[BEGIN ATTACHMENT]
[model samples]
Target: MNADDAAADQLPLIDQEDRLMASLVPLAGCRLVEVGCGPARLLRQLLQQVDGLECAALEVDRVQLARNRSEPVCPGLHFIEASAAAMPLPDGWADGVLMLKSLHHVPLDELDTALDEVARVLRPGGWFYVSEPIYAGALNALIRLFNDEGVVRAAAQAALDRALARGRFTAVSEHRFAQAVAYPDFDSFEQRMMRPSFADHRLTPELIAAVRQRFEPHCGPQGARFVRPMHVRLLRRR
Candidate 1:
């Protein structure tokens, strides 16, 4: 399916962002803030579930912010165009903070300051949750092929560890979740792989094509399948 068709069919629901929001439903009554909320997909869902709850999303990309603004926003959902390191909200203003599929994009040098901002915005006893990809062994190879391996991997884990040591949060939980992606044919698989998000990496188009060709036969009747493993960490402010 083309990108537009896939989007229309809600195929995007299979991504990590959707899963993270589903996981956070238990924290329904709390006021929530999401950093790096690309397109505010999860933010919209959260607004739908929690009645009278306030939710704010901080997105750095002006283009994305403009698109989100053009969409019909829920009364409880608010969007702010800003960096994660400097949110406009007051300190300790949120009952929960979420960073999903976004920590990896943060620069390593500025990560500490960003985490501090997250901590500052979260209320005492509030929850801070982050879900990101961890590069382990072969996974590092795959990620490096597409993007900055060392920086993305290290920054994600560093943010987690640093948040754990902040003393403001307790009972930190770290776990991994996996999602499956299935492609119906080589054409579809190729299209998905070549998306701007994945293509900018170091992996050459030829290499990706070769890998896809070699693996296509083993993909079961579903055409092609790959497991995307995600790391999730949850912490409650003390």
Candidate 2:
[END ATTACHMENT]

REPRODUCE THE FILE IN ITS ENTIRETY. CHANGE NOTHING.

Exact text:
[model samples]
Target: MNADDAAADQLPLIDQEDRLMASLVPLAGCRLVEVGCGPARLLRQLLQQVDGLECAALEVDRVQLARNRSEPVCPGLHFIEASAAAMPLPDGWADGVLMLKSLHHVPLDELDTALDEVARVLRPGGWFYVSEPIYAGALNALIRLFNDEGVVRAAAQAALDRALARGRFTAVSEHRFAQAVAYPDFDSFEQRMMRPSFADHRLTPELIAAVRQRFEPHCGPQGARFVRPMHVRLLRRR
Candidate 1:
């Protein structure tokens, strides 16, 4: 399916962002803030579930912010165009903070300051949750092929560890979740792989094509399948 068709069919629901929001439903009554909320997909869902709850999303990309603004926003959902390191909200203003599929994009040098901002915005006893990809062994190879391996991997884990040591949060939980992606044919698989998000990496188009060709036969009747493993960490402010 083309990108537009896939989007229309809600195929995007299979991504990590959707899963993270589903996981956070238990924290329904709390006021929530999401950093790096690309397109505010999860933010919209959260607004739908929690009645009278306030939710704010901080997105750095002006283009994305403009698109989100053009969409019909829920009364409880608010969007702010800003960096994660400097949110406009007051300190300790949120009952929960979420960073999903976004920590990896943060620069390593500025990560500490960003985490501090997250901590500052979260209320005492509030929850801070982050879900990101961890590069382990072969996974590092795959990620490096597409993007900055060392920086993305290290920054994600560093943010987690640093948040754990902040003393403001307790009972930190770290776990991994996996999602499956299935492609119906080589054409579809190729299209998905070549998306701007994945293509900018170091992996050459030829290499990706070769890998896809070699693996296509083993993909079961579903055409092609790959497991995307995600790391999730949850912490409650003390």
Candidate 2: